Toxic brilliance

By Jean Lowerison | Theater Review

Families can be as toxic as radiation, playwright Paul Zindel tells us in “The Effect of Gamma Rays on Man-in-the-Moon Marigolds,” playing through Sept. 24 at Cygnet Theatre in Old Town.

Rob Lutfy directs this seldom-done piece.

Beatrice (DeAnna Driscoll) is the kind of mother no one wants but many people have. Disappointed in life — she blames it on marrying the wrong man — the widowed Beatrice takes it out on her teenage daughters in the form of casual insults and threats to get rid of their pet rabbit Peter.

(l to r) DeAnna Driscoll, Abby DePuy and Rachel Esther Tate (Photo by Daren Scott)

Beatrice also has an active imagination, concocting many crazy get-rich schemes such as opening a tea shop in the house.

Credit set designer Charles Murdock Lucas for the amazing and cluttered former vegetable market they call home, with knickknacks in every cranny and newspapers over windows and door.

Tillie (Abby DePuy) is a science whiz at school — when she gets there. Mom frequently makes her stay home to tend to chores, and sometimes to take care of Nanny (Carm Greco), the elderly boarder who seems to provide Beatrice’s only source of income. Tillie is unconcerned about fashion, but fascinated with things scientific, even down to atoms, which she calls “beautiful.”

Tillie is working on a science fair project that involves exposing marigolds to radiation to record the effects. She finds (in the play’s metaphor) that it stunts the growth of some, while others mutate in interesting ways.

But Tillie is shy and a social bust, according to older sister Ruth (Rachel Esther Tate), who makes fun of (and is indeed sometimes embarrassed by) her sister’s lack of social grace. But while Ruth has her own problems (fainting spells and nightmares since her father died) and is withering under the negativity that emanates from her mother, Tillie seems determined to reach beyond that barrier to the stars.

(l to r) Rachel Esther Tate, Abby DePuy and DeAnna Driscoll (Photo by Daren Scott)

“Marigolds,” one of few plays with an all-female cast, opened in 1964 and won a Pulitzer Prize in 1971. Zindel also wrote many novels for the young-adult market, but is probably best known for this play. The title refers to an actual experiment performed by a student of one-time high-school teacher Zindel.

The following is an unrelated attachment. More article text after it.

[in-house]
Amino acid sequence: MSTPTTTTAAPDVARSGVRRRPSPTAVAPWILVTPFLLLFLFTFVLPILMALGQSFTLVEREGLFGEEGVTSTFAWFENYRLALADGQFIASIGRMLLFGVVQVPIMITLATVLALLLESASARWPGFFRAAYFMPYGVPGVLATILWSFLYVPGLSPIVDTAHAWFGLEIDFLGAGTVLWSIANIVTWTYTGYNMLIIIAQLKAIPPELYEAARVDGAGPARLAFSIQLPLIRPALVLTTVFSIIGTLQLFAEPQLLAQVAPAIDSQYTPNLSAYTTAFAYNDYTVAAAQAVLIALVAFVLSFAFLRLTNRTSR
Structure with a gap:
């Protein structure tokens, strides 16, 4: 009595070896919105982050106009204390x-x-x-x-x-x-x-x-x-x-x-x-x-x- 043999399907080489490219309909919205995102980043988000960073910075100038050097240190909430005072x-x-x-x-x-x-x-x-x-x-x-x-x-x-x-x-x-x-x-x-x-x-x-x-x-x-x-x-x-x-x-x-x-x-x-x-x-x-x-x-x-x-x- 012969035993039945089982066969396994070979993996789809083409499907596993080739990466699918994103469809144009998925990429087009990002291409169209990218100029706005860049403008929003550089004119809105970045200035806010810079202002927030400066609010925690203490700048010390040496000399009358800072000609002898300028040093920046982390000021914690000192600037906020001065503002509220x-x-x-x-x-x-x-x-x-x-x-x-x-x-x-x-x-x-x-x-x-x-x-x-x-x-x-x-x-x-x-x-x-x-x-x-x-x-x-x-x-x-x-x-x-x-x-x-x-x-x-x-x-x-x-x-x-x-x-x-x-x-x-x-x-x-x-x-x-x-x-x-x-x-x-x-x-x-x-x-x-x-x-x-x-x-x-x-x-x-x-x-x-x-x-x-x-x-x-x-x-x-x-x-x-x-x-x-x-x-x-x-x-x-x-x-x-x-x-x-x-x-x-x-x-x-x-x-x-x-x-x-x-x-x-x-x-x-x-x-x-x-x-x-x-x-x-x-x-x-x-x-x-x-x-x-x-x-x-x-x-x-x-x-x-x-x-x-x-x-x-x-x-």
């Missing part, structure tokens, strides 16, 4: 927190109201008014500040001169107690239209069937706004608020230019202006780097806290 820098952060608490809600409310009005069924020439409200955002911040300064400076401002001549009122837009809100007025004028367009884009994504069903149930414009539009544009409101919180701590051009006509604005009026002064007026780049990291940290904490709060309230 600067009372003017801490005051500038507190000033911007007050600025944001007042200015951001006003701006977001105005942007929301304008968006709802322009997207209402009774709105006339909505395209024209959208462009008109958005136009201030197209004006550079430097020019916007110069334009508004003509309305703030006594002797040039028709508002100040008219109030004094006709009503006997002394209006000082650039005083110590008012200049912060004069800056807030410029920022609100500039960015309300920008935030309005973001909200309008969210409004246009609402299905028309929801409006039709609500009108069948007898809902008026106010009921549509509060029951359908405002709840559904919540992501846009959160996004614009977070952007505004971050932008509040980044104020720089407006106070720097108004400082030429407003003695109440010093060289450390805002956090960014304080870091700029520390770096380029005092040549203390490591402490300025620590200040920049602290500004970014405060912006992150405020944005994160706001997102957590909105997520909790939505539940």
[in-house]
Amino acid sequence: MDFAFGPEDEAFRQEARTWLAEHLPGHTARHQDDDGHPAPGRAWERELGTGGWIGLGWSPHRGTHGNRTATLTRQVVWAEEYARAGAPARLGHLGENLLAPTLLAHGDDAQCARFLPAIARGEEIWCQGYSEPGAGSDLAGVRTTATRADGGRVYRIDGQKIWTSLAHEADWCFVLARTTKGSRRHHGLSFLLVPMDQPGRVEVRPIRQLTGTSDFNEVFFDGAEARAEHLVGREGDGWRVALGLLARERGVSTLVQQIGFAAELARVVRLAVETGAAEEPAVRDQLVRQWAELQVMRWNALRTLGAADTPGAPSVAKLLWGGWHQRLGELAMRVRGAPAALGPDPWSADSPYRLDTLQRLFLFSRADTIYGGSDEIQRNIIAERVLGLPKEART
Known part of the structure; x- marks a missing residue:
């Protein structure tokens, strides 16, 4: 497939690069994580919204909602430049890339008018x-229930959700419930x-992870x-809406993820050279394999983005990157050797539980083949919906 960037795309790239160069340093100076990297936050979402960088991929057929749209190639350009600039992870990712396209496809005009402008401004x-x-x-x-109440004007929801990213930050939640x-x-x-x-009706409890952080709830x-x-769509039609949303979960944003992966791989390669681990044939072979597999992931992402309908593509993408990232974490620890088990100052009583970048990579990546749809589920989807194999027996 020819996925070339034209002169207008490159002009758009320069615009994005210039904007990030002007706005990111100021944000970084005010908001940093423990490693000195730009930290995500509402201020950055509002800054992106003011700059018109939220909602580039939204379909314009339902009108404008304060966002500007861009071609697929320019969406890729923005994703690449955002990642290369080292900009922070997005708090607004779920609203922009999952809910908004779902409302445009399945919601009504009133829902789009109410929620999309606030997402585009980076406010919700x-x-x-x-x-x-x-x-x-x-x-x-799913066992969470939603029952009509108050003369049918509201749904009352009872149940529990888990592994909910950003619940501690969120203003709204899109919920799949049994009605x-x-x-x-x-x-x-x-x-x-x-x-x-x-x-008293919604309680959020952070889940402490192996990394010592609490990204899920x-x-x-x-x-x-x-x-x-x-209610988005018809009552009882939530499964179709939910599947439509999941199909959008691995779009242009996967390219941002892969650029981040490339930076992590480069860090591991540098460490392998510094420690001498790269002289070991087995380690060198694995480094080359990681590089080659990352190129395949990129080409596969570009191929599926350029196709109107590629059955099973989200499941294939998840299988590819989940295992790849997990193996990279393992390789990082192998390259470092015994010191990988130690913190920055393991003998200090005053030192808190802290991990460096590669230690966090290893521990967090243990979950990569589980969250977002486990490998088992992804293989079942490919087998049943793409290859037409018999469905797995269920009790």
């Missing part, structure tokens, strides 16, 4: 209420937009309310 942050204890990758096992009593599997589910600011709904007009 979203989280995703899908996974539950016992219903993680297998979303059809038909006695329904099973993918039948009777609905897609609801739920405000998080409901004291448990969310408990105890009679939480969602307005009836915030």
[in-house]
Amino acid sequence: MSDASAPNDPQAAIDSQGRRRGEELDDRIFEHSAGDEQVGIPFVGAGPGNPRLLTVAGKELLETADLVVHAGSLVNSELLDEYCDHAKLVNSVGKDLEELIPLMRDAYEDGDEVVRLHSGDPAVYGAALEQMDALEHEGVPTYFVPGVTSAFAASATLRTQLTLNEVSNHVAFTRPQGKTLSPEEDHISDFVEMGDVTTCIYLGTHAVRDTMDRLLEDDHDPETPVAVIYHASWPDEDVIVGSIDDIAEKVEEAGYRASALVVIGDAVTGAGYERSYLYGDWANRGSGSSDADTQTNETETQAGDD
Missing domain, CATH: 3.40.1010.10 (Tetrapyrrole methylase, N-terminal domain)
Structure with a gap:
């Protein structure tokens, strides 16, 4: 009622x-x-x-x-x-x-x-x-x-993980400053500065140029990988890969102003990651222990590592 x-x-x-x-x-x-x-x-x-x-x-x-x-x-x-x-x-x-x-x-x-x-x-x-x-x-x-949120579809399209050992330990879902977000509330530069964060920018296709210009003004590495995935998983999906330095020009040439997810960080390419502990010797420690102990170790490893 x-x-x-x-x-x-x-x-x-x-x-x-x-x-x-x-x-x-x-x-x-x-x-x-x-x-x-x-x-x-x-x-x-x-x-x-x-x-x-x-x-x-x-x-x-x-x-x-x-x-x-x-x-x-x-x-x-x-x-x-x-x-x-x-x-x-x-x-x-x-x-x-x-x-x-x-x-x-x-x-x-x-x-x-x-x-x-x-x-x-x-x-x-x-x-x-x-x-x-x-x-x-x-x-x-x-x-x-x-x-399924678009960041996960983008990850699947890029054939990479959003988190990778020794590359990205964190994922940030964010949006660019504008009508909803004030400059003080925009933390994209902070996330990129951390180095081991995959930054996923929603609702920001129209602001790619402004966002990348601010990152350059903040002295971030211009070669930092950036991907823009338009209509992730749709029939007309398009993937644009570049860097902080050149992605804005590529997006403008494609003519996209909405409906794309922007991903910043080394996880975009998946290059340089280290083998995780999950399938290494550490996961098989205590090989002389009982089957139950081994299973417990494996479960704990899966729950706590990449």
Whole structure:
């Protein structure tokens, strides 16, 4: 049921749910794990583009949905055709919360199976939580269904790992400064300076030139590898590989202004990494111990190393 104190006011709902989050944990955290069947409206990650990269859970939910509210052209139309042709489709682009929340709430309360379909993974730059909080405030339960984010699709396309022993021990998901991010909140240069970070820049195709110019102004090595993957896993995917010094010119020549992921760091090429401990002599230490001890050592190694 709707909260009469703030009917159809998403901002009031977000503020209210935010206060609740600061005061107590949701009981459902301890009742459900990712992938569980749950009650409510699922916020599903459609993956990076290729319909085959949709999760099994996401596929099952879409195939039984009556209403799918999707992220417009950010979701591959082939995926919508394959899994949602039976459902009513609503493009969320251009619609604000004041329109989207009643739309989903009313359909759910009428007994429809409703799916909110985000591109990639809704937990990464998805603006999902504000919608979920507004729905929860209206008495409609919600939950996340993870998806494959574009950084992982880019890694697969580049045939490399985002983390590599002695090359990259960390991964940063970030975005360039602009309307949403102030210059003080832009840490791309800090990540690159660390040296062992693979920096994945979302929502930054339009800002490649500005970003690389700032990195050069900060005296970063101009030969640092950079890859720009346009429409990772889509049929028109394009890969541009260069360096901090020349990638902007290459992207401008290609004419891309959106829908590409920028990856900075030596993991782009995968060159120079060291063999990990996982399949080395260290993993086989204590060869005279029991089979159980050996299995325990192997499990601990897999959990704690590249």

“Marigolds” is a bit like a train wreck — difficult to watch, but impossible to look away from. The show is anchored by Driscoll’s fearless, committed performance as the gorgon who, despite what she says and does, is clearly stunted herself, and doing the best she can as mother and caregiver.

Young newcomer DePuy is excellent in her first professional nonmusical role as Tillie, the young dreamer who loves the notion that we are made of the same stuff as the stars.

Tate is also impressive as older sister Ruth, who unfortunately seems to be adopting some of her mother’s attitudes and habits.

Michelle Marie Trester offers the show’s welcome comic relief as student Janice, describing how she acquired the cat skeleton she displays in the school’s science fair.

Carm Greco is touching as the elderly Nanny, target of still more predictable verbal abuse from Beatrice.

Kevin Anthenill and Conor Mulligan make solid contributions in sound and lighting, especially when Tillie is talking about the stars.

The stars may not seem quite far enough away from this particular mother, but kudos to director Rob Lutfy and his terrific cast for bringing this seldom-done prize-winner to Cygnet.

—Jean Lowerison is a long-standing member of the San Diego Theatre Critics Circle and can be reached at

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